U-46 seeks to start accredited regional welding program
Elgin schools officials are considering launching a new career pathway program in welding in partnership with neighboring school districts.
For 45 years, welding has been offered only at Elgin High School. In the future, students from the other four high schools in Elgin Area School District U-46 could take advantage of the new program and likely attend welding class at Elgin High, officials said.
Officials also are working on an agreement with St. Charles High School District 303, Community Unit District 300 in Algonquin and Burlington Central School District 301 to share costs and make the program available to their high school students as well.
"We have a metals technology lab. We are aligning our metals technology program to American Welding Society standards," Kinasha Brown, U-46 coordinator of career and technical education, told the school board this week.
A growing industry demand is prompting the move. The total number of jobs for welders, solderers, cutters and brazers is anticipated to grow 4 percent through 2024, according to the Bureau of Labor Statistics. And with an aging workforce, many current welders will be retiring.
Manufacturing is the top industry in the Elgin area, but finding qualified skilled candidates for jobs has been tough the last several years, said Tom Mihelic, president of a local franchise of Manpower employment agency who helped develop U-46's new welding curriculum.
"My family has been running the Manpower business since 1972 in Kane County, so we have been staffing for manufacturers for over 40 years," Mihelic said. "The No. 1 (problem) is companies can't find skilled (workers). Elgin has an excellent manufacturing base. ... The challenge is we don't have the talent that wants to come into manufacturing."
The manufacturing industry likely is facing the need for 3.4 million workers and an expected shortage of 2 million workers over the next decade, according to a 2015 skills gap study by The Manufacturing Institute and Deloitte.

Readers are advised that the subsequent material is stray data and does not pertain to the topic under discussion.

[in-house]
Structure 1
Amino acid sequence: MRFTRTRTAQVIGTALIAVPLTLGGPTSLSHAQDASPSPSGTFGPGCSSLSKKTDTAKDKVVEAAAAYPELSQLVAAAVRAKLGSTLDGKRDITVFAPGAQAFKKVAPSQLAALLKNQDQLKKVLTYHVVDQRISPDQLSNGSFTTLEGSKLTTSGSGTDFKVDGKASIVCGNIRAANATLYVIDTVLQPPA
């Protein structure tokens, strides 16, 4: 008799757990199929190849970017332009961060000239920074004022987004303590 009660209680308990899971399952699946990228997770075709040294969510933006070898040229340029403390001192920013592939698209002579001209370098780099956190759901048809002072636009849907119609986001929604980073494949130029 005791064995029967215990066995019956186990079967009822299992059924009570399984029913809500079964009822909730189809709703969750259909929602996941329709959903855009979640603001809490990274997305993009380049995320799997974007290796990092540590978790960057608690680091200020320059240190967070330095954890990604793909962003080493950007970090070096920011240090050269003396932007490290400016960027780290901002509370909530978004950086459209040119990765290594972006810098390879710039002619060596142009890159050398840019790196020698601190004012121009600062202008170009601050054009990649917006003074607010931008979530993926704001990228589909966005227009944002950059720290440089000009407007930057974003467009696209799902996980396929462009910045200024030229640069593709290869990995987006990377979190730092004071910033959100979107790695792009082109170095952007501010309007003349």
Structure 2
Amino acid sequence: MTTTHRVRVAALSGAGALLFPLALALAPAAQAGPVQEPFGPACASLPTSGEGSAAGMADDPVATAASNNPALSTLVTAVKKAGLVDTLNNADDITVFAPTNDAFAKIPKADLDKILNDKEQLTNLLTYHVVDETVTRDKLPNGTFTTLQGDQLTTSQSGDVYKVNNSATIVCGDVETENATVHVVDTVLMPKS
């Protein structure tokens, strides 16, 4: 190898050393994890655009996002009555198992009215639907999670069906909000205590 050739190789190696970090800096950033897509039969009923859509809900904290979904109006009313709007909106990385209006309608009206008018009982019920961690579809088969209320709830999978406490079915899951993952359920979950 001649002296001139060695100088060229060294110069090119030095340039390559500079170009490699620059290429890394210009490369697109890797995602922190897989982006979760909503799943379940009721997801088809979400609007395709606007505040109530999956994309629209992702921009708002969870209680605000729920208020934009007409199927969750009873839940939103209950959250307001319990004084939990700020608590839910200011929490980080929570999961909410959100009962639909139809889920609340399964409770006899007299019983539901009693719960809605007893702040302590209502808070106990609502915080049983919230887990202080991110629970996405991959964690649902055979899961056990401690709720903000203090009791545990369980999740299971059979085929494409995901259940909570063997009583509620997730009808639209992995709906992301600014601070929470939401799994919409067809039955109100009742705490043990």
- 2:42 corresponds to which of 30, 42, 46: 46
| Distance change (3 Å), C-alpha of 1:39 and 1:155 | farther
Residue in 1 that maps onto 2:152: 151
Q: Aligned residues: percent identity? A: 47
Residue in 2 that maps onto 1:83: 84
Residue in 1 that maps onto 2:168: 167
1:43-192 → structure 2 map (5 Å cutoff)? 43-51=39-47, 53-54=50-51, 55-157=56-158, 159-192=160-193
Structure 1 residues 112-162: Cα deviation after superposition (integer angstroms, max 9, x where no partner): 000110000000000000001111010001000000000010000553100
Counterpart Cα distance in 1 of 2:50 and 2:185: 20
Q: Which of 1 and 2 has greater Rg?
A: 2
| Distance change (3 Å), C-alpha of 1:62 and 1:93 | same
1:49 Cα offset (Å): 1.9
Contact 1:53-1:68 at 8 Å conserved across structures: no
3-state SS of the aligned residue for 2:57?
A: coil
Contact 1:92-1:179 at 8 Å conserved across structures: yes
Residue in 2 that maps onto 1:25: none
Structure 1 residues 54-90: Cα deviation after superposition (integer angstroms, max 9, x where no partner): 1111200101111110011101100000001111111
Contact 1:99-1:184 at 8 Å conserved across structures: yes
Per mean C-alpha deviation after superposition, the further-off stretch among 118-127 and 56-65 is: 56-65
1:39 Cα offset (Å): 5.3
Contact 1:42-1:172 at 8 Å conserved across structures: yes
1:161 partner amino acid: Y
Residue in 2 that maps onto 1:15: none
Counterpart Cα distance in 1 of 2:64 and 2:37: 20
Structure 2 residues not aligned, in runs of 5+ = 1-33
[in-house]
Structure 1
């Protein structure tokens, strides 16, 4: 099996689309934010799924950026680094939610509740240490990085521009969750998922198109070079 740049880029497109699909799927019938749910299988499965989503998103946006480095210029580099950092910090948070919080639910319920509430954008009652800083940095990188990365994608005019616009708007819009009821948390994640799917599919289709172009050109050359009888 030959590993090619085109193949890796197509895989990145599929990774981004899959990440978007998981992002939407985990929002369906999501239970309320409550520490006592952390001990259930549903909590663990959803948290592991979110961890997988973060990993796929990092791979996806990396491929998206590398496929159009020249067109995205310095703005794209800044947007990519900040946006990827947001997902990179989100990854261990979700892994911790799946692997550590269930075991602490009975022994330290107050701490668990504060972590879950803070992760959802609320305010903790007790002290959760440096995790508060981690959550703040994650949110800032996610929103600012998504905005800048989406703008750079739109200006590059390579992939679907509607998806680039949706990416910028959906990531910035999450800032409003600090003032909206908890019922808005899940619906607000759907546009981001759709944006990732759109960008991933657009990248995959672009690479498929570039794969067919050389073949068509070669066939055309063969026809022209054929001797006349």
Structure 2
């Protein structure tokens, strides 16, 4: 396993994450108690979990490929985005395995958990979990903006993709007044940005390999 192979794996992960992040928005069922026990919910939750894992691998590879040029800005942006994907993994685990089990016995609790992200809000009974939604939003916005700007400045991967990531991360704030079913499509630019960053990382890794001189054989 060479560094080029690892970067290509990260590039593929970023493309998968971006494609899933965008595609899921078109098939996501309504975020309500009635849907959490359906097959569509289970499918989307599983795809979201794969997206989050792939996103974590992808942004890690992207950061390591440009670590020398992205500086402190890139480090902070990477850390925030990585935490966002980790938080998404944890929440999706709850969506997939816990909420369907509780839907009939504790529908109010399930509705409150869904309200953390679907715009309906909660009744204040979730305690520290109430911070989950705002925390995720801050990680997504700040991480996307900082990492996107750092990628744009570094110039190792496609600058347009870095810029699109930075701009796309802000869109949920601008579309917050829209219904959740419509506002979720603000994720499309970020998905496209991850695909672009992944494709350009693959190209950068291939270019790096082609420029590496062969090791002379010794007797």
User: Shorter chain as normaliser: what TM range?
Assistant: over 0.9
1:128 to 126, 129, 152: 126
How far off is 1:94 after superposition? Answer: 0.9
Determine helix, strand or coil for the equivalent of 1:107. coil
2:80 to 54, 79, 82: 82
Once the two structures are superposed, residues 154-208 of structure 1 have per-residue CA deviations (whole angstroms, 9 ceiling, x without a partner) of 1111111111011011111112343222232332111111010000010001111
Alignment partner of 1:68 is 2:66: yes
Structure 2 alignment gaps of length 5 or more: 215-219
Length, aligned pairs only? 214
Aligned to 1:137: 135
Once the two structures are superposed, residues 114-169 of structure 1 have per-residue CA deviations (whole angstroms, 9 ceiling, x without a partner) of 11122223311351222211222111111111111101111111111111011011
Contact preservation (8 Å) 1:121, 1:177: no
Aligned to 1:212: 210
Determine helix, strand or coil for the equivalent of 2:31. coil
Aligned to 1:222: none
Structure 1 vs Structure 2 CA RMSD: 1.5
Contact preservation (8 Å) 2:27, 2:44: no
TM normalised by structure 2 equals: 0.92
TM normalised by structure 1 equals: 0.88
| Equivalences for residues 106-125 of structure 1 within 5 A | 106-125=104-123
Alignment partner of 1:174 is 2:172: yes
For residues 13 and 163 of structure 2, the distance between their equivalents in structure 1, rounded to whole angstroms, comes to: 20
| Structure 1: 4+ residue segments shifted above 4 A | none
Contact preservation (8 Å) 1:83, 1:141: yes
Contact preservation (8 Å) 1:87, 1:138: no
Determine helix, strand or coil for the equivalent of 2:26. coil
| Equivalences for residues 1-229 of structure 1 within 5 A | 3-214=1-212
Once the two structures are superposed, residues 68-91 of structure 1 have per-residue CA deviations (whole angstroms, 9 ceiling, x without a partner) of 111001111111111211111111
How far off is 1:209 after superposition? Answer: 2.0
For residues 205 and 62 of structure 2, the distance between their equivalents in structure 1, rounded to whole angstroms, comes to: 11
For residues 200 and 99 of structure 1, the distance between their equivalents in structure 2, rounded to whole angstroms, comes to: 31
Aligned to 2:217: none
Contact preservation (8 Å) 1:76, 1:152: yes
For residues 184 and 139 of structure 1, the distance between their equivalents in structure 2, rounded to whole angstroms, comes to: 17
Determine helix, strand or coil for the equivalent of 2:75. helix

Employers need to work with schools to develop the next generation of manufacturing workers, Mihelic said.
U-46 and District 300 could offer identical welding certification programs accredited through the American Welding Society -- something even Elgin Community College doesn't offer. They would become the only AWS-accredited testing facilities for welding in the region, Brown said.
Students from partnering districts could attend welding class at Elgin or Hampshire high schools -- District 300 offers a welding technology career pathway program at Hampshire in partnership with ECC for dual credit.
Superintendents are determining cost-sharing, location, transportation, tuition and scheduling and how the districts can pool their resources.
"It is really hard to replicate five welding programs when we can have one or two exceptional welding programs and allow students to have access to those programs," Brown said. "This is the first time this is being done in the state."
At Elgin High the metals technology lab has not been updated in 20 years. Officials propose using state and federal funds to renovate and transform it into a state-of-the-art facility. Projected costs are $203,000 for equipment, $66,000 for supplies and $85,000 for construction; textbooks, technologies and instructional materials don't need updating.
The curriculum would include a new fundamentals of welding course, incorporating safety and blueprint reading, and skilled metals technology courses.
Officials propose to get the program approved and register students by fall 2018.